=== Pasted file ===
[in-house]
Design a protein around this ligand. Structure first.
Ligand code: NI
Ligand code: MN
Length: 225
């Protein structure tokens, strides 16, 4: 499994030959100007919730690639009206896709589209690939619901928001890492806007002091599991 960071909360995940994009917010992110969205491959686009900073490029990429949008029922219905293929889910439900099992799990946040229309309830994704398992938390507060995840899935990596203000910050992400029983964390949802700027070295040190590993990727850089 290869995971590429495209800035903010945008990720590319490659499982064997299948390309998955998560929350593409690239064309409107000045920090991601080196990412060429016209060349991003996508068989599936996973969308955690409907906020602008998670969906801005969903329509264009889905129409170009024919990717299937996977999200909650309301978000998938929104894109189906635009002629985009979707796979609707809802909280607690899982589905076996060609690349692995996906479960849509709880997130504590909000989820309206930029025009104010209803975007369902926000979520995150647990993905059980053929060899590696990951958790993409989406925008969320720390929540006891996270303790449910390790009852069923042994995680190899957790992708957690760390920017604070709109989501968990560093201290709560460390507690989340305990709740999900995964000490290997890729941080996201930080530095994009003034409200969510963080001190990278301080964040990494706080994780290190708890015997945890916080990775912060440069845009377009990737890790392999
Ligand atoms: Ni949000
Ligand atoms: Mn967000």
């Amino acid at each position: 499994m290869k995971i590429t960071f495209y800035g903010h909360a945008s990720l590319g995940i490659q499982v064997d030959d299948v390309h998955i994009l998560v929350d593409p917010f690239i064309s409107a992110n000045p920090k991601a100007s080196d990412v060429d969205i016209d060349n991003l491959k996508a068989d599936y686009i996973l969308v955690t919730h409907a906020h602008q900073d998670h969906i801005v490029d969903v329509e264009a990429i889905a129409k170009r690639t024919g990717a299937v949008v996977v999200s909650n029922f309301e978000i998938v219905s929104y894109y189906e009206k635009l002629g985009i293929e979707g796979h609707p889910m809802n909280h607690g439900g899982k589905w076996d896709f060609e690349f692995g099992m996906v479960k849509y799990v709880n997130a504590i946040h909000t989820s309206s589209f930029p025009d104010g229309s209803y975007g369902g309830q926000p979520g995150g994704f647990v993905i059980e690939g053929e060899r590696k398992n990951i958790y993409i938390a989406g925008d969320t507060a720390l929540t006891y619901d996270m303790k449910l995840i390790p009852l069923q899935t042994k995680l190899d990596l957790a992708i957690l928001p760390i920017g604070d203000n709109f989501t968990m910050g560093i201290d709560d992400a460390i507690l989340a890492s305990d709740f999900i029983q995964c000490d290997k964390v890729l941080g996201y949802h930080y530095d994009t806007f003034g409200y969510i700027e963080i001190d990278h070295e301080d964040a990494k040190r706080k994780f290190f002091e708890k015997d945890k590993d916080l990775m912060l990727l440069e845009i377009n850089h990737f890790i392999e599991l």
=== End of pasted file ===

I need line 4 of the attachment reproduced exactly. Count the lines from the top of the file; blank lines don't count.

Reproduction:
Ligand code: MN